The law on Patent counsellers (LCBr) has now been in force for almost five years. Amongst its new features, it provides for a particularly strict duty of professional secrecy, which goes beyond the obligation to professional secrecy of ordinary business relationships.
Art. 10 LCBr ties the patent counsellor to professional secrecy for all secrets which are entrusted to him due to his profession or in the exercise of the latter. In fact, counsellors often receive confidential information about an invention that has not yet been registered or business secrets. Clients have a preponderant interest that no third-party has knowledge of this information. For this reason the client must have total confidence in the patent counsellor in terms of professionnel secrecy, and to be able to explain to him all the important facts without having to sign a confidentiality agreement with him.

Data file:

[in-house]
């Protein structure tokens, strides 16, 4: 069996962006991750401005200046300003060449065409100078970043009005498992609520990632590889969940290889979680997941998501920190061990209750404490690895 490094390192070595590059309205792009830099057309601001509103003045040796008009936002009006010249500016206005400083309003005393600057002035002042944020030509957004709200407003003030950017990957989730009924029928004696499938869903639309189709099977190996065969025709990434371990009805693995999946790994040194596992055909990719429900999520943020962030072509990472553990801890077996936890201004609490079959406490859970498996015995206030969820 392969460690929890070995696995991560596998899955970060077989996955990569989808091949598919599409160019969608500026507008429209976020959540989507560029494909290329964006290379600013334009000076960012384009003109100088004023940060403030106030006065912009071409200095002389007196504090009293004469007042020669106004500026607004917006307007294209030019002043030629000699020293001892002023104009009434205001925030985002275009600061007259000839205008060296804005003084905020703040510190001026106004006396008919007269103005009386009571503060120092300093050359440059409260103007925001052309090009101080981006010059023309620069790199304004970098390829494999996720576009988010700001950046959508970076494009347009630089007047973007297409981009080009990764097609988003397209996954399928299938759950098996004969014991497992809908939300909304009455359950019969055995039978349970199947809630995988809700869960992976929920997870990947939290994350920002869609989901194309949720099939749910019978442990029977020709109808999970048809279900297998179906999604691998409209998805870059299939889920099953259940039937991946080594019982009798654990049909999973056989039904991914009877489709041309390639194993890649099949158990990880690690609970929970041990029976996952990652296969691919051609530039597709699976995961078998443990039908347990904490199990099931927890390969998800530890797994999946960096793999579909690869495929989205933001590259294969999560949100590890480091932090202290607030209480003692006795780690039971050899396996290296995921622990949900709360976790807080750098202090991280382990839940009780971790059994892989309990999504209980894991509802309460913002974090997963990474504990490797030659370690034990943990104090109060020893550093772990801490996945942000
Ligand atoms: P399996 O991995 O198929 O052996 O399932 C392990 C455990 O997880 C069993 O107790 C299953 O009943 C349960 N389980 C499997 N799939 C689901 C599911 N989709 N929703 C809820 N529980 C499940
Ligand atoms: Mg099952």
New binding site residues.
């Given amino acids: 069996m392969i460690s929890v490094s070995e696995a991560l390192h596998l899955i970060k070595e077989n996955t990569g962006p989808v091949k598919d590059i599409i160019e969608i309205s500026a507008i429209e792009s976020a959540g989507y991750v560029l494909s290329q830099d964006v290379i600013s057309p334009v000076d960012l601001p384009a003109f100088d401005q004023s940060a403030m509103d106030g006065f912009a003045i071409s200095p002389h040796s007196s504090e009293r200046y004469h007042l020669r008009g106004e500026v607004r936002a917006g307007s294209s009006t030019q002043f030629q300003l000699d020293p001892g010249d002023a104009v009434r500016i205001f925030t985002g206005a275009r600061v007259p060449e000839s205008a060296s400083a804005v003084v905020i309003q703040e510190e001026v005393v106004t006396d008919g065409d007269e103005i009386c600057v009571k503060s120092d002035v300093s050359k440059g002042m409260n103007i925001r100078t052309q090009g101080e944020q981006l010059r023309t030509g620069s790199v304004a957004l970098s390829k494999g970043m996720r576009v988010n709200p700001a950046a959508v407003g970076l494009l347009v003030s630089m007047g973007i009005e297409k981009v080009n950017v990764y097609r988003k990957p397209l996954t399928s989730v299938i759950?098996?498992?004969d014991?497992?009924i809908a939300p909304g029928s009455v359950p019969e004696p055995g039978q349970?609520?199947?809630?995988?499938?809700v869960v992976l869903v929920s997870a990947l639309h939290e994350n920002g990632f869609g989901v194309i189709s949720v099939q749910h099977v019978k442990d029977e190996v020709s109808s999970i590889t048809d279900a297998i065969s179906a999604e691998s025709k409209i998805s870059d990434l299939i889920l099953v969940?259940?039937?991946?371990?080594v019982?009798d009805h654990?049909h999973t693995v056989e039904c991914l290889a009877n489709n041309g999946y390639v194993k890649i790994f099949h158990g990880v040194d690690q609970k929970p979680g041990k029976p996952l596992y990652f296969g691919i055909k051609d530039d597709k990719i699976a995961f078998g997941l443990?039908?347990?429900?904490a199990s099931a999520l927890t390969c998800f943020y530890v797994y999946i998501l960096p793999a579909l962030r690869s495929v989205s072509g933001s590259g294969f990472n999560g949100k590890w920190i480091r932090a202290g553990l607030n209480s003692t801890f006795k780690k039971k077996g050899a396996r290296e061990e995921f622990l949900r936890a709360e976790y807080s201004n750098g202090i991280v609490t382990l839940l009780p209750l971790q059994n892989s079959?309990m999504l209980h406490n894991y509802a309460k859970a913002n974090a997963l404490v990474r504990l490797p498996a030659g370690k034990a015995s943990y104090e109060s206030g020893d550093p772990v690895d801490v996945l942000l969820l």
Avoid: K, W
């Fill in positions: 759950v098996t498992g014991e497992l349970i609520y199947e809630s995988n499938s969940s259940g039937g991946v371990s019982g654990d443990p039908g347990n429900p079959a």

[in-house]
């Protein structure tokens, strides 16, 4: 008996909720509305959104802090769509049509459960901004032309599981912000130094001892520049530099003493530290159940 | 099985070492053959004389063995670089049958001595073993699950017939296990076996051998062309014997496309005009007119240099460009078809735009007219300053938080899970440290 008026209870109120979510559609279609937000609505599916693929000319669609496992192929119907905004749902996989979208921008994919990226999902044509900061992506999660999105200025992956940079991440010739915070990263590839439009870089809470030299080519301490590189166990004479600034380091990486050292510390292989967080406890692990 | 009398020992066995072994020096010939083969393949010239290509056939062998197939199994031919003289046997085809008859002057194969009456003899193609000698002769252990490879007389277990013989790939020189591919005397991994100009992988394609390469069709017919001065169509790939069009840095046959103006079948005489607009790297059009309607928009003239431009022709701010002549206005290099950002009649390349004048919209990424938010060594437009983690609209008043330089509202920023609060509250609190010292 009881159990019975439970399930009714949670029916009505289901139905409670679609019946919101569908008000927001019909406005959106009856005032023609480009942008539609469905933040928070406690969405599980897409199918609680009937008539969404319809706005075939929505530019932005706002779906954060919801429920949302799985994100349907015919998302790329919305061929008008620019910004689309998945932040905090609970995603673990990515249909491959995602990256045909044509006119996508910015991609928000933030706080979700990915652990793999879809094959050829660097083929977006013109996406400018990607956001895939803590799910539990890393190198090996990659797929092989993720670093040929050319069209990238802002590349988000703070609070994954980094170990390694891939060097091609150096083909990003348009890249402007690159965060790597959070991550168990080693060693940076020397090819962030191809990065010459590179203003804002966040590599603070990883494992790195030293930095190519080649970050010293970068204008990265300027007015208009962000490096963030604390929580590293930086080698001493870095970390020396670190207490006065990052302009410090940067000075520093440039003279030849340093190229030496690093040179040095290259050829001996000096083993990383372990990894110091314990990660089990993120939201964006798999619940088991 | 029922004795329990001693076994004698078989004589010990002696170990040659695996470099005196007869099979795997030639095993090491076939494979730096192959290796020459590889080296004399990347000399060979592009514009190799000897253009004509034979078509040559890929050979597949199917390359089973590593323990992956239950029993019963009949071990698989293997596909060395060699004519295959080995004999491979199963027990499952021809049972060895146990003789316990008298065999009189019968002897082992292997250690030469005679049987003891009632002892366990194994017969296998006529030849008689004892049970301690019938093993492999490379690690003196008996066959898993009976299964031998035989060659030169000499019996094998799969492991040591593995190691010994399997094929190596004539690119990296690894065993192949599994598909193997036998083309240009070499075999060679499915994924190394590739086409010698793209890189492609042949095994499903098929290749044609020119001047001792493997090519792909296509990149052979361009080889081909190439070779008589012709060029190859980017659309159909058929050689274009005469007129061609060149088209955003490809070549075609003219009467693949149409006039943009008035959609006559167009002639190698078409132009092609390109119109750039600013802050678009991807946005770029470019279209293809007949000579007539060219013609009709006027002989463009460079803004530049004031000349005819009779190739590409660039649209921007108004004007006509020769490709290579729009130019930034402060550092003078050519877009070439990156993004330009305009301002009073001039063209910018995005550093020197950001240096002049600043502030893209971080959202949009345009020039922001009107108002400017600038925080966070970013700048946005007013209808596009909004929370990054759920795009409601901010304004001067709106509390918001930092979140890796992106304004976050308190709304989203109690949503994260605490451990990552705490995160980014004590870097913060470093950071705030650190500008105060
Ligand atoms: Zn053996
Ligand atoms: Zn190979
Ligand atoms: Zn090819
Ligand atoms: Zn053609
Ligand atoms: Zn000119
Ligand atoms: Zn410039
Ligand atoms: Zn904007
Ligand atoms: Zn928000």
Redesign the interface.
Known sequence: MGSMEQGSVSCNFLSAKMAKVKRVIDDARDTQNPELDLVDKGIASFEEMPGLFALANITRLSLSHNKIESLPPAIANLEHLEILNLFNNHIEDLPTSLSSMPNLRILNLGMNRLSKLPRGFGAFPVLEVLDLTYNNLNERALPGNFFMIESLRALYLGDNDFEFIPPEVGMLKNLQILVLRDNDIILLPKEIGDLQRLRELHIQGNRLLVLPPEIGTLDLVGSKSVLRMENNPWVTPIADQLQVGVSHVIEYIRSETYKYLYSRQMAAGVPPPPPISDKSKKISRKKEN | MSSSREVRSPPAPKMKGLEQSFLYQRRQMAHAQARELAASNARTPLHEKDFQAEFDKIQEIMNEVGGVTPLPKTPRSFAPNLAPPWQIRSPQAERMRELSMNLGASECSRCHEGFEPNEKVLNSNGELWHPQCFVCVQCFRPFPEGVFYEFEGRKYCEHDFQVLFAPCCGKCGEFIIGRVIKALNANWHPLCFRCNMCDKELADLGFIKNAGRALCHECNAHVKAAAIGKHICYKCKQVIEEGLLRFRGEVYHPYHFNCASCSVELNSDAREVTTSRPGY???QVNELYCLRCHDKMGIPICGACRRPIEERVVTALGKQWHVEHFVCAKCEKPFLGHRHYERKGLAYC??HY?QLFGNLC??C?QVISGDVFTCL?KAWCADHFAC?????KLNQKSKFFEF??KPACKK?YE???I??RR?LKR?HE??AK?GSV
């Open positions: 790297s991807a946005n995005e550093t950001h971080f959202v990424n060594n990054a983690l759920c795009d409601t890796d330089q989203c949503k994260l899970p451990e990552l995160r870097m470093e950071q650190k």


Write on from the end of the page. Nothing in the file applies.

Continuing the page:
The professional secrecy referred to in art. 10 LCBr is legally guaranteed on two levels – material and procedural. First of all, its violation by the patent counsellor or by its auxiliaries is punishable under art. 321 al. 1 of the Swiss penal code. Secondly, the patent counsellor has the right to refuse to testify in a criminal proceeding under art. 171 of the Swiss penal of civil code under art. 160 let. b of the civil procedure code.
These improvements allow the guarantee of confidentiality of exchanges between a patent counseller and his client.
The five year anniversary of this law offers an opportunity to take stock of the situation based on experience. An information meeting organised jointly by VESPA, the l’AIPPI and the l’Aropi took place on this subject in Lausanne on Tuesday 10th May. I had the pleasure of being invited as a speaker.
Upload the presentation (in French): Présentation sur les droits et devoirs d’un conseil en brevet suisse